School bus drivers needed, says Alexandria transportation director

On average, bus drivers drive 4,000 miles daily on routes with an additional 100,000 miles yearly for activity trips and summer school programs. 

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An Alexandria Public School bus with a "Now hiring bus drivers" banner is stationed at Voyager Elementary School. Other buses calling out for bus drivers can be found at other locations throughout the county.
Lowell Anderson / Alexandria Echo Press

ALEXANDRIA — Scott Dahlin may have to be just as creative this school year as he was last year when it comes to busing students.

Dahlin, transportation director for Alexandria Public Schools, presented information to Alexandria School Board members at their regular meeting Monday night, July 18 .

“On a positive note, we did not deny any students transportation to participate in activities. We always had a bus there and got our students where they needed to be,” said Dahlin. “Our staff stepped up and everybody drove when needed. But we did have to get creative.”

Scott Dahlin

Dahlin explained just how creative he was when he found himself in a situation where he couldn’t find any drivers.

“We had three buses from the middle school heading up to Brainerd for an event, but we had nobody to drive them,” he said. “So I called up to the Brainerd school district and asked what time they started their afternoon routes.”


When he was told they didn’t start until 2:40 p.m., he asked if the district had drivers willing to come to Alexandria to pick up the students that needed to be up there by 2:15 p.m., which would then allow the Alexandria bus drivers to do their regular afternoon routes. When they were done, the Alexandria drivers could head up to Brainerd to pick up the students when they were done with their activity and bring them back home.

“It worked and they said yes, that’s a great idea,” Dahlin said. “We’ve been doing a little trading back and forth and working with other districts to get our kids where they need to go and not miss out on any opportunities. It’s been great.”

Superintendent Rick Sansted applauded Dahlin for thinking outside the box to address his busing needs and issues.

“Thank you for your creativity last year and helping to get our kids not only to and from school, but also to and from activities,” Sanstead said.

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Rick Sansted

Dahlin said the Alexandria transportation department currently has seven routes still open and that he has leads for three of them. And he also noted that he is always in need of substitute drivers, as well.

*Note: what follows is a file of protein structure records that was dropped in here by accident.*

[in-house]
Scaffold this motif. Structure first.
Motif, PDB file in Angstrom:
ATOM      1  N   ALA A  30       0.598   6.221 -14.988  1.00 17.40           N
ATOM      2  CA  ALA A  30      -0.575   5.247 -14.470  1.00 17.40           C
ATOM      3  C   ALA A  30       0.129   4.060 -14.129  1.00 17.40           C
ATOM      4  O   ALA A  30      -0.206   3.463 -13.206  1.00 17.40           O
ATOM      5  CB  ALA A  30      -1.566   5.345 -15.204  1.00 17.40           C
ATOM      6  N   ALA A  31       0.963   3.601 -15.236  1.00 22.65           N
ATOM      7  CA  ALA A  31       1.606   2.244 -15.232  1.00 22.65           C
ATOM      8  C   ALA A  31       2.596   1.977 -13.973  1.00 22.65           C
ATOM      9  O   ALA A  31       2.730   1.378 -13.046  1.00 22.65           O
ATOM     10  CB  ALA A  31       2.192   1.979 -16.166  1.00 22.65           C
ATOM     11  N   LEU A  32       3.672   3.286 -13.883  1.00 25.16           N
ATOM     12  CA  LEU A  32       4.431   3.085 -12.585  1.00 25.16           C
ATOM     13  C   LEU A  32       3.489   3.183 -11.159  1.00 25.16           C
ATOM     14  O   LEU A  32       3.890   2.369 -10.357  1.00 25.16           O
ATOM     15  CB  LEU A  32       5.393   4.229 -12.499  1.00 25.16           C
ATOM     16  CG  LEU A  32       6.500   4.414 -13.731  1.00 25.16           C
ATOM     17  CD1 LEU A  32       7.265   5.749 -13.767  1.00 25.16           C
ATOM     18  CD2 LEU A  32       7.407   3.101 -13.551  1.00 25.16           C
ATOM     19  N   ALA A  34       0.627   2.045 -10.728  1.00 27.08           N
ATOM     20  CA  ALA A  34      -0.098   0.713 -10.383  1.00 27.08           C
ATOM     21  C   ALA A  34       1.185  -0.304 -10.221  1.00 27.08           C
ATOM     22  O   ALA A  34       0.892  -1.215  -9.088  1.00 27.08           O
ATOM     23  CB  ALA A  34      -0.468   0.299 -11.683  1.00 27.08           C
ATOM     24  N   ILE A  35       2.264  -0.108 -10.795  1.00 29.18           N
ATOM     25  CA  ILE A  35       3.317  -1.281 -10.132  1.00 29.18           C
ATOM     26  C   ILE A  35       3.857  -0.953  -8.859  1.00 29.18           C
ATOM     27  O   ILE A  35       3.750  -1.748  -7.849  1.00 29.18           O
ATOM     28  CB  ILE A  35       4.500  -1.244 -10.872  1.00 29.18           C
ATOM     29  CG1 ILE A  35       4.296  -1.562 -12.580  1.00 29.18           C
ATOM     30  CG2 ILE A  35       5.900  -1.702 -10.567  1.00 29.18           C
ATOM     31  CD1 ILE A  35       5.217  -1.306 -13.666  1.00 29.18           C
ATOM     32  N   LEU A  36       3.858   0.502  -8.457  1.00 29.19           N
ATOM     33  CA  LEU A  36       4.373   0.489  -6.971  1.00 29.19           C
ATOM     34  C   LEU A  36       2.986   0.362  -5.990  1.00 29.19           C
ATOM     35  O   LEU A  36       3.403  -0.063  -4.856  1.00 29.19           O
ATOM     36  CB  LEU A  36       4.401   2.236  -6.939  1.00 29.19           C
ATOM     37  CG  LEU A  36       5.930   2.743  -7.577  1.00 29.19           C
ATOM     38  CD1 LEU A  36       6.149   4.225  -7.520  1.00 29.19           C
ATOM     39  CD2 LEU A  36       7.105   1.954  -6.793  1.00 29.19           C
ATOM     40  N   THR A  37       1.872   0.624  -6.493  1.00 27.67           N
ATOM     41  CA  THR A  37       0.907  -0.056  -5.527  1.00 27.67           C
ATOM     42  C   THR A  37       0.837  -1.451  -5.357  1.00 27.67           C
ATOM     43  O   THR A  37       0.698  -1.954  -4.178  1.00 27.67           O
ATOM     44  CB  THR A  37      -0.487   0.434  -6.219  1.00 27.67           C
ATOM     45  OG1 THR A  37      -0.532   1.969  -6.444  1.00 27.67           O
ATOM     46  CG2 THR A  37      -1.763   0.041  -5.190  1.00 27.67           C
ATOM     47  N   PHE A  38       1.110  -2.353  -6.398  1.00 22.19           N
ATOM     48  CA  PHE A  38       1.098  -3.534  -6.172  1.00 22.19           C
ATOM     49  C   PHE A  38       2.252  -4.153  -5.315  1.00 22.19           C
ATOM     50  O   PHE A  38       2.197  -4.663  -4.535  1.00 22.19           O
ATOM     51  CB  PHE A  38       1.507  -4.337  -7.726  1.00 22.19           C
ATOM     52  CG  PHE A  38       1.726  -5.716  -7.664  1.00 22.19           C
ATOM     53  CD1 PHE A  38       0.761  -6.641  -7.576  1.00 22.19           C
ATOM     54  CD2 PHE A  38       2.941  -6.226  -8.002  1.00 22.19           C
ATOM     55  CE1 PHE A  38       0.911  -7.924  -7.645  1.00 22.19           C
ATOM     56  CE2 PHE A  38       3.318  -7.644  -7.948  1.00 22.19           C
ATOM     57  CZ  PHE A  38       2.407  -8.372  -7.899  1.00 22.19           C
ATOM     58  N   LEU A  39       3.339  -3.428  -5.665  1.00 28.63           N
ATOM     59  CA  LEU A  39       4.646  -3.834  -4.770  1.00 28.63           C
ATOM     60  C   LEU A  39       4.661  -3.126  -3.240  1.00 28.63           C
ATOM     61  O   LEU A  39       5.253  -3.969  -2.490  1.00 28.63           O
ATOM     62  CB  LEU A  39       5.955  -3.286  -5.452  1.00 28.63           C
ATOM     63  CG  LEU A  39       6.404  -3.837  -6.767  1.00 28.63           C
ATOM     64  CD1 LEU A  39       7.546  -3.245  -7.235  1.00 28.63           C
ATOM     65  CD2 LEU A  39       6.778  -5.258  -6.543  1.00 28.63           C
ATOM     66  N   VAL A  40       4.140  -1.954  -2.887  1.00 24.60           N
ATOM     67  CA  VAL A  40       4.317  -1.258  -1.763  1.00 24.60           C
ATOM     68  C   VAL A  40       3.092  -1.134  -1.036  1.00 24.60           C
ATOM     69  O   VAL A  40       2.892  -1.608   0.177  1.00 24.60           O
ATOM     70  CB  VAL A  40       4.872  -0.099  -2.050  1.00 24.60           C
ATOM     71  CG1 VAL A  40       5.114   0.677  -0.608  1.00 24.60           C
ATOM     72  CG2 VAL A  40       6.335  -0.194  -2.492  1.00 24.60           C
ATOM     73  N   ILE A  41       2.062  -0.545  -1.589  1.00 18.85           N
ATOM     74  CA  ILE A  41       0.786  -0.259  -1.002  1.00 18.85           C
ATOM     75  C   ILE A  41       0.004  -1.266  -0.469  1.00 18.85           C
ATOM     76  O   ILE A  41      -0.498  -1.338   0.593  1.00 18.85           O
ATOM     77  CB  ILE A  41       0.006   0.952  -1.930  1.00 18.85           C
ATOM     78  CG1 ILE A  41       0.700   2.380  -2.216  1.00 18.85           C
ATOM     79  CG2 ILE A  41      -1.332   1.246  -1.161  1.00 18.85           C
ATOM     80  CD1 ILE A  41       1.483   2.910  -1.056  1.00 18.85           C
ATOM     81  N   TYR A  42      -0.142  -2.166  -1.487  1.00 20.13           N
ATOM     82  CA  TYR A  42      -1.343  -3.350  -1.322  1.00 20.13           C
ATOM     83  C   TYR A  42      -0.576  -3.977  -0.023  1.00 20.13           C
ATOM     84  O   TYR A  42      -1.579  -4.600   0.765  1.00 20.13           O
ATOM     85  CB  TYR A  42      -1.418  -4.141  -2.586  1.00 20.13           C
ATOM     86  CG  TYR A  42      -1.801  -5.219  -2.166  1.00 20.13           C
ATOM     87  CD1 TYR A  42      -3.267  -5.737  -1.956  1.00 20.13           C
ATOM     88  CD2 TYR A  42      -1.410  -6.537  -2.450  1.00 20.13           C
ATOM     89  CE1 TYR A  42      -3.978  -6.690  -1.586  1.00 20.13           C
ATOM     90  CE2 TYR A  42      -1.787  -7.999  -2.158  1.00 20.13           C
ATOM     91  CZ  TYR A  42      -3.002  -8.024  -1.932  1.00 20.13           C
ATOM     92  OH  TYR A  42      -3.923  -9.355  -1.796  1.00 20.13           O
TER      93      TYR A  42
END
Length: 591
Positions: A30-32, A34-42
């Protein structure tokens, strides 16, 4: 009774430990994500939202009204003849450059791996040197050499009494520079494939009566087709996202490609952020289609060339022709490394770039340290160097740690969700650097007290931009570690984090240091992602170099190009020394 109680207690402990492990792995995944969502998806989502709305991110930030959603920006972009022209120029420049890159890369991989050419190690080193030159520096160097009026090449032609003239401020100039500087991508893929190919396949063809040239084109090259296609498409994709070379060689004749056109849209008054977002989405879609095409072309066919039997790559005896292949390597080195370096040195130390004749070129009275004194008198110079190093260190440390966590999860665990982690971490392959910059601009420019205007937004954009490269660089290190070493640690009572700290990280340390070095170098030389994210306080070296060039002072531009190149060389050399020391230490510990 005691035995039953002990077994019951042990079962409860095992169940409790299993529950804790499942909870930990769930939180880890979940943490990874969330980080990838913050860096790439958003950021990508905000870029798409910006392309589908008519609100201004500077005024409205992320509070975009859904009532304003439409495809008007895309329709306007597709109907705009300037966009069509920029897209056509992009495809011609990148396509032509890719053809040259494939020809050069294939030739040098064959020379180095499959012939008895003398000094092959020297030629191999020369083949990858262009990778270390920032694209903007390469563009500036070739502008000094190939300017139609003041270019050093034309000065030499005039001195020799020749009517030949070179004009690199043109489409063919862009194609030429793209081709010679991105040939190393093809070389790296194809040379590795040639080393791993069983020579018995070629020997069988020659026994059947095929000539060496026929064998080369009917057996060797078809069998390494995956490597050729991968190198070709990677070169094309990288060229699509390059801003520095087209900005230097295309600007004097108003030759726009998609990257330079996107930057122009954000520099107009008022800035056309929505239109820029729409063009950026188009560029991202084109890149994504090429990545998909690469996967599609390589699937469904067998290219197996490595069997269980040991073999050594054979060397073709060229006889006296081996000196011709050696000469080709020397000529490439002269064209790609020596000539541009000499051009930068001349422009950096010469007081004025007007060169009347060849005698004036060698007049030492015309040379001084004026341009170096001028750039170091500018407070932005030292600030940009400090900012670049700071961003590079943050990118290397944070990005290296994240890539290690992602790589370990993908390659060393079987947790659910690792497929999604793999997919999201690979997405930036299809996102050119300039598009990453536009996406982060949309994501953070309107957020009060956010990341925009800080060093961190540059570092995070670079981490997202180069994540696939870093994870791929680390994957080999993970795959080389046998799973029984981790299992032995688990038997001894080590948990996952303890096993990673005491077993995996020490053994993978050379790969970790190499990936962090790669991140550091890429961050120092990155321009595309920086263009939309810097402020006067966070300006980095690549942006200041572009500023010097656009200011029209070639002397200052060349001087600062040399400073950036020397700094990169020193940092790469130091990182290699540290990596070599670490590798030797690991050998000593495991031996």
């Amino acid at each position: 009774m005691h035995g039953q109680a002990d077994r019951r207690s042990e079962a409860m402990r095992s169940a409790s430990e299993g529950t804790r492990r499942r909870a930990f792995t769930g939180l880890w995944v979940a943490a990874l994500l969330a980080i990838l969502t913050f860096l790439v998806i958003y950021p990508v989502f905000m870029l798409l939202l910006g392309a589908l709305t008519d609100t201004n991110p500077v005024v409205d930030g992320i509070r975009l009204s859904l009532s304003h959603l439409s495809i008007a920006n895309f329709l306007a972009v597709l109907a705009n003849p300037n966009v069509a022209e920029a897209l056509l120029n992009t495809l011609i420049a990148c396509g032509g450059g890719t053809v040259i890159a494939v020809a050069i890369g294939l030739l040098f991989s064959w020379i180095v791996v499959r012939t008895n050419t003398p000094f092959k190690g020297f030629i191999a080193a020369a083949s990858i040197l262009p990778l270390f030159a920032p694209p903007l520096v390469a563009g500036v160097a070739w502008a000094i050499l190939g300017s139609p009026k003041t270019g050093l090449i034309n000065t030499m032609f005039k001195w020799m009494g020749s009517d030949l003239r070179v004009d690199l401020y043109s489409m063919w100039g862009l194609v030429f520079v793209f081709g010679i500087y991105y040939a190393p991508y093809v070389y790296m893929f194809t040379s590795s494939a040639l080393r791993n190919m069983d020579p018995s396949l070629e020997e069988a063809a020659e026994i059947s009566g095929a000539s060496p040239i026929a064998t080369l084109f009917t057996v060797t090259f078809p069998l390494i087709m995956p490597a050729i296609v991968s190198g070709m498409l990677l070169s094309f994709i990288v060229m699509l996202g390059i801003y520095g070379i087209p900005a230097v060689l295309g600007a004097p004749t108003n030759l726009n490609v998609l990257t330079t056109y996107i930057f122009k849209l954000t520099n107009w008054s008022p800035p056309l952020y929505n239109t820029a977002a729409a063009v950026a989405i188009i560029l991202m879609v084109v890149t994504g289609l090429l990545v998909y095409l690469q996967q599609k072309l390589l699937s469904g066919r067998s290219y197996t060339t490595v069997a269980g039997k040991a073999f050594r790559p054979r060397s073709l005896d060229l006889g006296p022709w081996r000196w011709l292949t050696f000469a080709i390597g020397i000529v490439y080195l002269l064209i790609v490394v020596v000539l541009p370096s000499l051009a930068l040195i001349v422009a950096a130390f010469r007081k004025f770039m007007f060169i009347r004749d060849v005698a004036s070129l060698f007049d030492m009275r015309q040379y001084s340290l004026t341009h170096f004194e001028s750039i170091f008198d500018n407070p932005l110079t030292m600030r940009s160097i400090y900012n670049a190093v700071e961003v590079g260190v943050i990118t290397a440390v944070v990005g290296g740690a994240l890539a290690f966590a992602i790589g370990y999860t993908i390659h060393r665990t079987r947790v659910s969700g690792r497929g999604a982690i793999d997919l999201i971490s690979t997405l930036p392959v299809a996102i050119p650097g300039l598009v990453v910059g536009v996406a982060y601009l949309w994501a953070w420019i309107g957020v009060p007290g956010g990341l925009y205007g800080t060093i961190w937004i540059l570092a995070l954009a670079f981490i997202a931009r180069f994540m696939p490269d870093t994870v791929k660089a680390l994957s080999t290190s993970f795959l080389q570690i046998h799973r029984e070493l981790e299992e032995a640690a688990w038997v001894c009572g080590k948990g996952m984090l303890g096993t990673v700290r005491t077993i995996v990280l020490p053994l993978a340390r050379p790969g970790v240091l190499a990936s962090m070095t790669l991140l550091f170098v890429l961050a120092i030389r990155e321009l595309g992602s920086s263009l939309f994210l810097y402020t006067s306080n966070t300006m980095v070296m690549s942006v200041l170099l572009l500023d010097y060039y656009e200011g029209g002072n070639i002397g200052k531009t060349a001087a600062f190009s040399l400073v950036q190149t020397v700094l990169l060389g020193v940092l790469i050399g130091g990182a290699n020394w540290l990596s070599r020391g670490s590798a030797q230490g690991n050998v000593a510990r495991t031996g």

He also provided some facts and figures, including the following:

  • During the 2020-21 school year, drivers drove just under 900,000 miles.
  • On average, bus drivers drive 4,000 miles daily on routes with an additional 100,000 miles yearly for activity trips and summer school programs. 
  • There are roughly 3,000 students on daily routes with a goal of less than a 60-minute ride time. 
  • There are 350 square-miles within the school district that buses travel on. 
  • There are 36 and a half regular routes, eight special needs routes with paraprofessionals on the bus and one to two special education van routes. 
  • The shop has three staff members who not only maintain and repair 57 buses and nine vans, but also drive buses when needed. 

Dahlin also praised his team for having excellent Minnesota Department of Transportation inspections and said his staff is doing an excellent job with their fleet of buses.
The driver shortage has been “very stressful,” he said, adding how proud he was of everyone in the department who stepped up to drive last year.

He is hoping, though, that the routes can be filled for this year so his staff can do their regular duties. It takes about four to five weeks to train new drivers, he said.


“We need to get them now, so they will be ready for school this fall,” he said.

Anyone 18 and older can become a bus driver. Interested parties should contact Dahlin at 320-762-3317.

Celeste Edenloff is the special projects editor and a reporter for the Alexandria Echo Press. She has lived in the Alexandria Lakes Area since 1997. She first worked for the Echo Press as a reporter from 1999 to 2011, and returned in 2016 to once again report on the community she calls home.
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